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Old 03-13-2017, 02:33 PM
Status: "Chicago Light Rail Enthusiast" (set 16 days ago)
 
Location: Chicago
940 posts, read 745,288 times
Reputation: 531

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Firstly, I'd consider the reason as to why cities and towns exist: consistently trade with a valuable trading partner or set of trading partners.

I didn't study planning, I studied econ, so my perspective on city planning is focused on location-based value extraction and resource balance.

Second, implement a statistical gathering body to examine the changing economic geography to assist in making decisions on where to build network routes.

Thirdly, when building trade routes I'd consider the inelasticity of the route (how dependent are a large portion of people on this route) before investing any major infrastructure to accommodate (no bridges to nowhere here) trade routes.

Fourthly, my focus would be to slowly replace network routes with public spaces or commercial spaces, shifting network routes, in order to accommodate residential and commercial demand. Principles of investment contingent upon elasticity apply here as well.

Fifthly, pray.

Sixthly, exit the planning realm, allow politicians to take over after a certain growth point and watch the sandcastle slowly crumble to the waves of human nature all while shorting whatever company is overpriced.
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Old 06-05-2017, 01:17 PM
 
2,293 posts, read 1,315,789 times
Reputation: 1525
Review of the semi-urban landscape. The Semi-Urban Landscape

I would use zoning to include several niche phenomenon we don't usually associate with the suburbs. For example, "tiny" houses on small lots. Granny flats. Small apartment buildings. Actually, I am imagining a sort of loose version of mixed use, including some retail.

I am thinking of an Urburban neighborhood.

Last edited by Tim Randal Walker; 06-05-2017 at 02:21 PM..
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Old 06-07-2017, 08:51 AM
 
Location: NYntarctica
11,456 posts, read 6,503,848 times
Reputation: 4353
SoCal - Build all the cities to be more compact and walkable, with better urban transportation. The climate there is so amazing, its a shame that it is all so unwalkable

Lima - While the city is fine, I think the location for it is very very very bad, the city was built in the coldest and cloudiest part of the Peruvian coast. I would build it either a couple of hours north, or a couple of hours south. I think Pisco would be a great location for Lima, it would also be closer to Cuzco and Arequipa that way. The city layout itself is not bad, but I think its too crazy and unorganized. I would construct the city in a square grid pattern in all directions, similar to Buenos Aires
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Old 06-18-2017, 02:05 PM
 
2,293 posts, read 1,315,789 times
Reputation: 1525
One nice touch is a communal garden. A friend showed me one in Seattle's Northgate area. Includes flowers, which are frequented by bees.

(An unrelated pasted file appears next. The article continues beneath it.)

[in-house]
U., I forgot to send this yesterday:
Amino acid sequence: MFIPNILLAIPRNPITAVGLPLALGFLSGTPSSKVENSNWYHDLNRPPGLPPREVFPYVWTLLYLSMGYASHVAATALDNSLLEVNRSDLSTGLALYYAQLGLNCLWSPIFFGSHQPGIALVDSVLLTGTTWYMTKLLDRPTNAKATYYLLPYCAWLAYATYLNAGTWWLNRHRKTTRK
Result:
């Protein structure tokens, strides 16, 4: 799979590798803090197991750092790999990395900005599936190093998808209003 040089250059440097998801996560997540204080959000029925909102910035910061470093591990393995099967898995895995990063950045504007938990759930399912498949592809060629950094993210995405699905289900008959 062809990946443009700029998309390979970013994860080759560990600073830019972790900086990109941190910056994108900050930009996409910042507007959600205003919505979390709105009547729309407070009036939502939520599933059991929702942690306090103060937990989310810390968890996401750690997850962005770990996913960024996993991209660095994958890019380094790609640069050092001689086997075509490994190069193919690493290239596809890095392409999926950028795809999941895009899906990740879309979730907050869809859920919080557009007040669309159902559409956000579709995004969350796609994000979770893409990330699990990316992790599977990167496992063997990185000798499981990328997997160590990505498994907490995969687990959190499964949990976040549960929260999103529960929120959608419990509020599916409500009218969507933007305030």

For open areas in the city i would include:

1. Square/plaza

2. City parks

3. Communal gardens

I would make #1 urbane. I would make #2 and #3 green/lush, especially #3.
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Old 06-20-2017, 12:21 PM
 
106 posts, read 65,683 times
Reputation: 66
http://www.thewoodlands.com/
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Old 06-21-2017, 02:38 AM
 
Location: my little town
1,280 posts, read 433,264 times
Reputation: 1296
In the eastern woodlands, build near clean water. On the prairie, the town is portable. Horses, tents, tipis, wigwams, etc., to move with the cattle/bison herds.
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Old 06-21-2017, 08:58 AM
 
Location: my little town
1,280 posts, read 433,264 times
Reputation: 1296
One detail I've thought about is road surface. Cars will be gone soon enough, so asphalt and concrete are not worth the energy cost. Asphalt is not worth the smell and pollution. So brick, cobblestone, gravel, wood planks, or dirt.
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Old 06-21-2017, 09:40 AM
 
Location: Pittsburgh, PA (Morningside)
12,548 posts, read 12,082,162 times
Reputation: 10635
Quote:
Originally Posted by Nattering Heights View Post
One detail I've thought about is road surface. Cars will be gone soon enough, so asphalt and concrete are not worth the energy cost. Asphalt is not worth the smell and pollution. So brick, cobblestone, gravel, wood planks, or dirt.
The problem with those surfaces is they're hell on bikes. Trust me, I speak from experience.
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Old 06-21-2017, 09:52 PM
 
Location: my little town
1,280 posts, read 433,264 times
Reputation: 1296
The skinny tire road bikes will be gone with the cars and smoothly paved roads. If people can still get bikes, they may be similar to older designs with giant spring forks and other low-tech shock absorption.
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Old 06-22-2017, 01:32 AM
 
Location: Glasgow Scotland
15,272 posts, read 12,724,214 times
Reputation: 22111
Winding curved streets, houses that are all different with character..but that fit in with one another.. cars tucked away out of view so that children can play on the streets like the old days... No high rise anywhere... Houses should be painted every other year in glorious colour, or be built in old stone... flowers should be on every window box , all Ive done is go back in time to some beautiful places that only the lucky live.. http://i.dailymail.co.uk/i/pix/2013/...23_634x389.jpg ...ok for some.. http://i.dailymail.co.uk/i/pix/2015/...9419012648.jpg I was brought up living in a tenement next to factories, and thought these houses were film sets.. never really thought anyone lived like this...
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